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western north carolina fly fishing

First thing to remember is that it is not THAT cold in Western North Carolina in winter.  The average high January temperatures in Brevard are 49 degrees F and the average lows are 24.  It CAN certainly get cold for comparatively brief stretches and anchor ice CAN form in the streams.  However, it is nothing like being stuck on a lift at Wildcat Mt. or waiting for a friend at the highest north-facing point of Carabassett Valley (pretty much anywhere at Sugarloaf).  That said, it is always important to be prepared.

Base layers will be important on both the top and the bottom.  Synthetic long underwear tops and bottoms, such as Capilene from Patagonia, and synthetic sock liners will retain warmth if you build up moisture either through perspiration, rain, falling in or even leaky waders.  

Insulation layers are a crucial next step to keeping you warm.  Beginning with your feet, insulated synthetic or wool socks are preferable to cotton.  Also, they do not need to be too thick because your best ways to keep your feet warm are by keeping them dry and by maintaining good circulation.  If you have to pack your foot into a wading boot because your socks are too thick, you will quickly lose circulation and your feet will suffer.  As long as you can wiggle your toes, you can withstand -15 to -20 on the Snowfields of Sugarloaf Mt. on a windy day.  And bring an extra set of thick, dry socks just in case!!!

With Stocking Foot Waders, a pair of synthetic pants like fleece will outperform cotton sweat pants or flannel so invest in a pair of basic, lightweight, flexible but warm pants.  On the top, wool or synthetics like fleece are a great option because they will retain their warmth if they get wet as long as you have a wind/rain layer on top.  A lightweight waterproof breathable outer layer is optimal for protection against the rain but an even lighter weight “windshirt” can be appropriate if it is dry but breezy. 

Always bring a brimmed hat both for warmth and for the sun.  Even in winter, the sun will be strong enough to damage your skin plus the glare makes it virtually impossible to track your fly, to manage your drift and to survey your terrain.  A classic Maine look is a blaze-orange wool hat over a ball cap and Elmer Fudd may have perfected a unique look but he was warm so don't be afraid to stand out.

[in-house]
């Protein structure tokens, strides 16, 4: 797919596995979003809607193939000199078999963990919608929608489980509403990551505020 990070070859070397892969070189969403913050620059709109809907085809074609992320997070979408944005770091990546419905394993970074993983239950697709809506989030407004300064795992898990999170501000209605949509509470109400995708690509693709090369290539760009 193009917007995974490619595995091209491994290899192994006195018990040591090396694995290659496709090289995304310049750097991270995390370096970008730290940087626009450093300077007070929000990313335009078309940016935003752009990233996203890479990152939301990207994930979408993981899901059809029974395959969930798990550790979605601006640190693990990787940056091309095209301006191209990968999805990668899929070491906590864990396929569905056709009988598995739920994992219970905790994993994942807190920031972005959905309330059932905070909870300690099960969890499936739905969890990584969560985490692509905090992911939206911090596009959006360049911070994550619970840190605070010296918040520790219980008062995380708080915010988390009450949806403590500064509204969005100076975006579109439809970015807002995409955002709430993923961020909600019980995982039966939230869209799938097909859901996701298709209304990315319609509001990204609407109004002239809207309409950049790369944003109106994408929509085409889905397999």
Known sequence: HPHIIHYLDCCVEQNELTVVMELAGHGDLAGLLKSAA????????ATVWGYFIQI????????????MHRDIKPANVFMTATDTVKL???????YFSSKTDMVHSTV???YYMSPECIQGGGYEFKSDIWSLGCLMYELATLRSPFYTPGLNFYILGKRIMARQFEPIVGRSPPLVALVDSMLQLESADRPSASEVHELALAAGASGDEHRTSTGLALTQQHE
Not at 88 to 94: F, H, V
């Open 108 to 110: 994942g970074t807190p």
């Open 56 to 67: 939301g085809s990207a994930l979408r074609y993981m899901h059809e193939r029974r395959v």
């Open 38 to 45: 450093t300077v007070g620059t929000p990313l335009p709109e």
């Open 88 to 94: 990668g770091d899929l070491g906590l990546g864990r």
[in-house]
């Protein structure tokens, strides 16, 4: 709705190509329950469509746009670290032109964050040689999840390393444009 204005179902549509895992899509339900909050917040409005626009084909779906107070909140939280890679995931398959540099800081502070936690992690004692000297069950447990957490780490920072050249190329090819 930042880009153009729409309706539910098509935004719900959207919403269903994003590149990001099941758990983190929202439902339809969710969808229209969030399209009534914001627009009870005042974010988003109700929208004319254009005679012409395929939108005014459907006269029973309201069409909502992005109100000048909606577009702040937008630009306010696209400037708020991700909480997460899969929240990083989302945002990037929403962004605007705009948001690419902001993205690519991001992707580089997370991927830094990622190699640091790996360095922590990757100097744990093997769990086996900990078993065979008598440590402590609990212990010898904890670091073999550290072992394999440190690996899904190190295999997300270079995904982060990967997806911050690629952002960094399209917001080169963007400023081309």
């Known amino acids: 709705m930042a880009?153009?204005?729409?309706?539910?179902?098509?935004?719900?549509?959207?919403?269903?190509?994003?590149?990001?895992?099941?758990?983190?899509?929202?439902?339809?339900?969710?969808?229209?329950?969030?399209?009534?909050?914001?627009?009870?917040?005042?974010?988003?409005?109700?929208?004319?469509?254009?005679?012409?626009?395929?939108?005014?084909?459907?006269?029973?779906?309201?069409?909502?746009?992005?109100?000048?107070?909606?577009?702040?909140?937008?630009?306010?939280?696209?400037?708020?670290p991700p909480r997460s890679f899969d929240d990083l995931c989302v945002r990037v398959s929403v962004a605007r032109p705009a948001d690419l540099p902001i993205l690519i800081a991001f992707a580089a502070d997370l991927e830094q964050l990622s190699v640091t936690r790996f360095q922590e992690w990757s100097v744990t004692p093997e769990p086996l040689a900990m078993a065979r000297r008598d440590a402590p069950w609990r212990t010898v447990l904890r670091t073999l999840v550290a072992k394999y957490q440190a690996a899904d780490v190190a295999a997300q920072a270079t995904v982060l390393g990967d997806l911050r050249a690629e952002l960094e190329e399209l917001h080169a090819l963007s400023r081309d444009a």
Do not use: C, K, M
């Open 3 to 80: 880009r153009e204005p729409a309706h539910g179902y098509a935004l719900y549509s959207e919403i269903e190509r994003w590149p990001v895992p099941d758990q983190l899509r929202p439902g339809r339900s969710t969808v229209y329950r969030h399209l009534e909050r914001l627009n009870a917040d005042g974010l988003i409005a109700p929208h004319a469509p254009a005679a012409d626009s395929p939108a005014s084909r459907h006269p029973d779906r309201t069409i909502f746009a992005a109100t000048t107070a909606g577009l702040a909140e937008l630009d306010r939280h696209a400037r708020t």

If you have multiple inner layers plus an impervious outer layer from top to bottom, you will be primed for handling the coldest that the Western North Carolina Mountains has to throw at you.  So, be prepared and savor the moment knowing that you are out on the water wetting a line and NOT in New England.

Fly Fishing in winter can seem extreme because, after all, it IS winter.  However, with a little preparation and the right frame of mind, standing in a Western North Carolina river in January is far more pleasant that sitting on a chair lift in virtually any New England ski area.  If you stay dry and protected from the wind and dress like you are about to hit the slopes on a MILD day, you will be pleasantly surprised at how accommodating winter can be when it comes to fly fishing for Trout.

Fishing gloves are another optional tool to bring to the water on a winter day.  Many companies make fingerless gloves with or without a fold-over mitten to protect against the cold and either will work.  Neoprene or wool gloves or mittens are recommended because they will function properly even after they get wet – which is likely to happen if you are fishing.  Materials like fleece are very warm if they are dry and the wind is not blowing but once they get wet – especially on an early morning before the air temps climb above freezing – the water can freeze in the glove and you are effectively protecting your fingers from the elements with.... a layer of ice.

preparing for winter - clothing




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